No, I am not uninformed in the least! Having had a neck injury for the past 4 years, I have thoroughly examined every aspect of what happened to my body, and how it could have been avoided.
Granted no one is immuned to the potential of a neck injury from hard openings, but it is the case that if you are a small person with a tiny neck, and pack on 12 pounds of lead under the backpad of your reserve, you are going to have more stress upon your neck than if you have an opening with proportional weight to neck strength and mass.
I have also wondered, but am not sure that having had a larger canopy, I may have increased the force of opening on my neck than if I had a smaller parachute. This is just speculative. If anyone has a better argument about this I would love to consider it. The question is: Is there more force of opening on a small person with a larger parachute than a larger person with a smaller parachute, that will continue to pull down on the parachute as it opens, rather than just being a tiny booble on the bottom of a big parachute.
I do know that landing with 12 ponds of lead is far more impactful than landing without lead. I suspect that also translates to the opening shock. Also, the place I had my weights, and the fact that I had an inflexible lead plate of shot fixed in a plastic matrix with a cardboard perimeter affixed to the back of my reserve, the top of which was just at the base of my neck, did in fact prevent my upper back from absorbing some of the opening shock, which instead all translated into my neck, which was just to delicate to sustain such an impact.
I also know that Mikey McGowan who jumps with about 20 pounds on his head of camera gear ontop of a motorcycle type helmet, who also jumps a relatively small canopy compared to his size, has never had neck problems. But he is a stout fellow and weight lifts all day long, so his neck is about as big around as my thighs!
So tell us, Skyrad, Since you seem to be in argument to everything I say, let us hear what exactly is your neck injury, and how did it happen? I am quite the expert specialist on the subject, having thoroughly examined the issue, and thoroughly researches all the potential solutions, and have in fact tried most of them in the past 4 years, desperate for a solution myself, so I can return to the air in full working order, I would love to advise you in any way I can.
Good Luck to you! Neck injuries suck! I feel for you! As our illustrious ex-President used to like to say, "I feel your pain!"
'Since you seem to be in argument to everything I say'
Thats not true. You have made some interesting points and I actualy agree with a fair few of the points you've made. However, I do disagree with some of the sweeping generalisations that you tend to include in your posts, like the older surgeons comment. As for my injury, I was in Spain it was my 50th jump and I was on a rented 285, (It was all that was left) I took off and from take off to altitude the wind increased massively by the time I jumped there was a 200 jump minimum in force but no one told the jumpers. On deployment I suffered a C spine flexion injury. It turned out the canopy had recently had new lines fitted. It was a slammer of an opening and for the next week it felt like a cannon ball being balanced on top of a noodle. As for your advice, I thank you for the offer. No offence but when seeking advice I'll ask a Profesor of Neurology rather than a lay person.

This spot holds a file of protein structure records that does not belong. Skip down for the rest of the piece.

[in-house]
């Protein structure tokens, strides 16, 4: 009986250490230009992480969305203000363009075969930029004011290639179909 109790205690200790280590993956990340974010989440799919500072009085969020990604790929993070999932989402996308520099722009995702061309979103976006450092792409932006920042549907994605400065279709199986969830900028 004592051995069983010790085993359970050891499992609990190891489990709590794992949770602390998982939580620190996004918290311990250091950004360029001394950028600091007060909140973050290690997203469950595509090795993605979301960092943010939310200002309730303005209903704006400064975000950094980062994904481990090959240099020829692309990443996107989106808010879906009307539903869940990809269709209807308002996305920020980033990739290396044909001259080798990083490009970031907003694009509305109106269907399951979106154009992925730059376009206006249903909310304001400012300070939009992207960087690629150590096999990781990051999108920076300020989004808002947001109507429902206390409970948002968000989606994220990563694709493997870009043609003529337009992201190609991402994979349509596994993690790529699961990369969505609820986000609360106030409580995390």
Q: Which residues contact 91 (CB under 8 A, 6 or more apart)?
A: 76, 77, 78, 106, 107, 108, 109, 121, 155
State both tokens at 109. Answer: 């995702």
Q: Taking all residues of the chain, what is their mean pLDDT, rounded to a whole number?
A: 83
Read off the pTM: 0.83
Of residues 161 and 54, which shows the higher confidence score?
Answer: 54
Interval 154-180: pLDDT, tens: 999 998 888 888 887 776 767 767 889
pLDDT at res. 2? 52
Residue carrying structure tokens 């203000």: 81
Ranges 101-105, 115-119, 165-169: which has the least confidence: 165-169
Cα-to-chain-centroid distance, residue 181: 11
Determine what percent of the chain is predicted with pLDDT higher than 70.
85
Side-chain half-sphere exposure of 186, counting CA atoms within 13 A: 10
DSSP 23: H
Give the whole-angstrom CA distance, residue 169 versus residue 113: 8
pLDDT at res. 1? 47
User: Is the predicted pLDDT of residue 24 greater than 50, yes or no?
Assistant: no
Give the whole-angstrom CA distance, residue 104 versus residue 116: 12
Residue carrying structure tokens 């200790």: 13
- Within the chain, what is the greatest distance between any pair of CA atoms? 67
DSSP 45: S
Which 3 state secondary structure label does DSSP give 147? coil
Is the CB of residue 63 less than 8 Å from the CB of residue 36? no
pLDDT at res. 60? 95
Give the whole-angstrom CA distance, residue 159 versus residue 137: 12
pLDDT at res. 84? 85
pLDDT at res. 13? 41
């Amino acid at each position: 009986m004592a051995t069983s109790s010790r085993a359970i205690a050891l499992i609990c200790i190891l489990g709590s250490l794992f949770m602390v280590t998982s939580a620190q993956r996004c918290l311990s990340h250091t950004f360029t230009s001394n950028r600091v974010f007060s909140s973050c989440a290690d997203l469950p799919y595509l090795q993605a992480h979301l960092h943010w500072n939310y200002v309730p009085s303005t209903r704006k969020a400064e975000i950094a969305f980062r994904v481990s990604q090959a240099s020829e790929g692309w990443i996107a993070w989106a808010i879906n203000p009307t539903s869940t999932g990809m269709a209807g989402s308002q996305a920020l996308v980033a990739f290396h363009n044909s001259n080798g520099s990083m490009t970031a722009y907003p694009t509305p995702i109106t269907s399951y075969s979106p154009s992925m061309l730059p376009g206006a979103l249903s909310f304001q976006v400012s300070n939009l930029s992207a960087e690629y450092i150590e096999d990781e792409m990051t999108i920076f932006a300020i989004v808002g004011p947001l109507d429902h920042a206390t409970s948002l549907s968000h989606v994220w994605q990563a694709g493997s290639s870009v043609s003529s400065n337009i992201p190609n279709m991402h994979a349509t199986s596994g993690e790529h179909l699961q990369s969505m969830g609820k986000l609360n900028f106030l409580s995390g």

(This post was edited by Skyrad on Apr 4, 2004, 6:15 AM)
my wife has a herneated L-1 and everythng that goes with that type of injury. sad thing is though she did it at work and the best doctor she saw said try the cortisone and hope that surgery is not needed. he said that if she did the surgery that she would be in a wheel chair by 40(not far now). the pain she describes is numbness and tingles and no sensation . the damage is spreading into calicium build up around the disc and natural fusing of the L-1 to L-3 and again from L-4 to L-6on the right side, the doctors in canada said that surgery was unavoidable just a matter of when. heal well, cheers
I also know that Mikey McGowan who jumps with about 20 pounds on his head of camera gear ontop of a motorcycle type helmet, who also jumps a relatively small canopy compared to his size, has never had neck problems.
Michael McGowan was recently (within the last 2 weeks) injured during an opening on his reserve (I think)...he had severe whiplash, as best I can recall (the thread's in TB, which is currently unavailable...) - and if not whiplash, the injury had something to do with his neck.
look into the artificial "Pro Disc" that I have been promoting before you ever consider a fusion. The outcome and future after the surgery sounds a lot more promising. Don't get scared by any surgeon into just doing his procedure without looking around at the possibilities and outcomes and thoroughly researching the medic and his record, his history, and success rate. I made that mistake and have regretted it for 4 years. Surgery is never conservative, no matter what anyone says, and you will never be the same afterwards. Be sure it will at least improve the problem without any detrimental affects that may be far worse than the problem itself, as mine were!
There is also a guy named Jeffy Saal associated with the SOAR clinic in RedWood City, CA. affiliated to Stanford University Hospital, in Palo Alto, CA. He has a novel technique to resorb discs, provided no previous surgery has been performed. He works with Dr. Dillingham, a top orthopod who worked on the SF 49ers Football team for years. Good Luck to her. That sounds scary. Just let her know, she is not alone! There are others out there with similar problems all seeking some solution. Tink